Press freedom has immensely suffered for the past six years under Duterte, whose administration was defined by its relentless assault on its critics, particularly in the media. Reporters Without Borders, a Paris-based media watchdog, included the country’s previous chief executive in its 2021 “press freedom predators” list, underscoring the leader’s “total war against independent media.”

In response, Malacañang dismissed the report, saying that press freedom “is alive and well in the Philippines.”

READ: SWS: 45% of Filipinos think it’s dangerous to print or air anything critical of the administration

One of the Duterte administration’s most infamous attacks against the press was the release of the so-called “Oust Duterte matrix” in April 2019. First published by the Manila Times, it contained personalities and groups—primarily journalists and media organizations critical of the former president—involved in an alleged plot to overthrow Duterte.

Ellen Tordesillas, one of the tagged individuals in the matrix, couldn’t help but laugh at the memory. A veteran journalist since the Marcos dictatorship, Tordesillas is the president of the independent news organization Vera Files, known in the online frontier for its fact-checking initiatives and in-depth stories on underreported issues.

“I didn’t take it seriously because it’s so preposterous,” Tordesillas said.

Instead, she was worried about the others accused by the government who weren’t used to this kind of harassment, like Hidilyn Diaz, the country’s first Olympic gold medalist. She also expressed concern about the frequency of unreliable reports reaching Duterte — a recurring theme in his presidency.

“It could have been funny,” Tordesillas said, “if only it didn’t involve lies.” And lies, especially during the Duterte administration, serve as a precedent for far greater dangers.

For instance, red-tagging — labeling groups and individuals considered critical of the government as “communists” or “terrorists” — has intensified and become deadlier since Duterte came into power. These allegations have been handed all around, journalists included.

Len Olea, the managing editor of alternative media outfit Bulatlat, is all too familiar with this reality. Her organization has been constantly vilified by state forces as communist fronts; they have also suffered cyberattacks in the form of distributed denial of service (DDoS) attacks—which a Swedish digital forensic group traced to the Philippine Army.

Recently, the NTC, acting on mere request of then National Security Adviser Hermogenes Esperon, ordered to block several websites, including Bulatlat’s, which it said are “affiliated to and are supporting terrorist and terrorist organizations.”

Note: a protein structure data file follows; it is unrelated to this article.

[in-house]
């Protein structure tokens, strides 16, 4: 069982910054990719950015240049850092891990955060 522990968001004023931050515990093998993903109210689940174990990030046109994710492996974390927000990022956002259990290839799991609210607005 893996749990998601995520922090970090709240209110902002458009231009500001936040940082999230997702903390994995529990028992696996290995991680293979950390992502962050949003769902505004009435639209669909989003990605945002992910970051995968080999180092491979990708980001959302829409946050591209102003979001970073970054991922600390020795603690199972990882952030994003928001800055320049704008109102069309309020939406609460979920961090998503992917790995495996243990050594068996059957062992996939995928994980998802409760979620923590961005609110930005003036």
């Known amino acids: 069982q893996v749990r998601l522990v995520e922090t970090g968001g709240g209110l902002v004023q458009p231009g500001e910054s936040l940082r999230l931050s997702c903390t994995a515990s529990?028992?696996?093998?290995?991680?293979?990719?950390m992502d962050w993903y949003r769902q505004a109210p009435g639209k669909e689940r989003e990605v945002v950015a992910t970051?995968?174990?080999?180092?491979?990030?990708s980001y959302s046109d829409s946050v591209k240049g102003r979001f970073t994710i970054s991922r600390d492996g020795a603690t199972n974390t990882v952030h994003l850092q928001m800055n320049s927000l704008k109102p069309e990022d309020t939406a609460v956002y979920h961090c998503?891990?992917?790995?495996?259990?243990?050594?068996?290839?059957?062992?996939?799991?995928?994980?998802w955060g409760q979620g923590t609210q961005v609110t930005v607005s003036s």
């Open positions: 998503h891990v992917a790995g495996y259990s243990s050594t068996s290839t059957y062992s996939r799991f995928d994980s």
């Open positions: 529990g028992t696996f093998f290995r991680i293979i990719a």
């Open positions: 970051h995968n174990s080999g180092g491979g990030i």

READ: NTC orders websites ‘affiliated with, supporting terrorist organizations’ blocked

These attacks on the press, Olea said, clearly show that those in power only wanted the public to “believe in their own version of the narrative” because they are afraid of the truth.

“We [journalists] don’t want to be the story, to be honest,” Olea said. “But because we are under attack, we have no choice but to confront this.”

The National Union of Journalists of the Philippines (NUJP) identified 281 incidents of threats and attacks against media workers, including 23 recorded killings, during the Duterte administration. Out of the total number, 145 were perpetrated by state agents.

No wonder the Philippines’ ranking dropped in the latest World Press Freedom Index to 147th place among 180 countries.


[Photos: NUJP]

Given his legacy as the media’s main tormentor in the past six years, it might seem ironic that Duterte declared Aug. 30 of every year as National Press Freedom Day in honor of Filipino writer Marcelo H. Del Pilar.

Today, the country marks its first—and no less under President Ferdinand “Bongbong” Marcos Jr., the son and namesake of the late dictator.

Journalists and media groups have expressed their wariness of the new administration early on. Marcos Jr.—whose absence in debates and reluctance to entertain ambush interviews tainted the entirety of his campaign—once said he would face the media, quipping a president should be “capable of explaining anything.”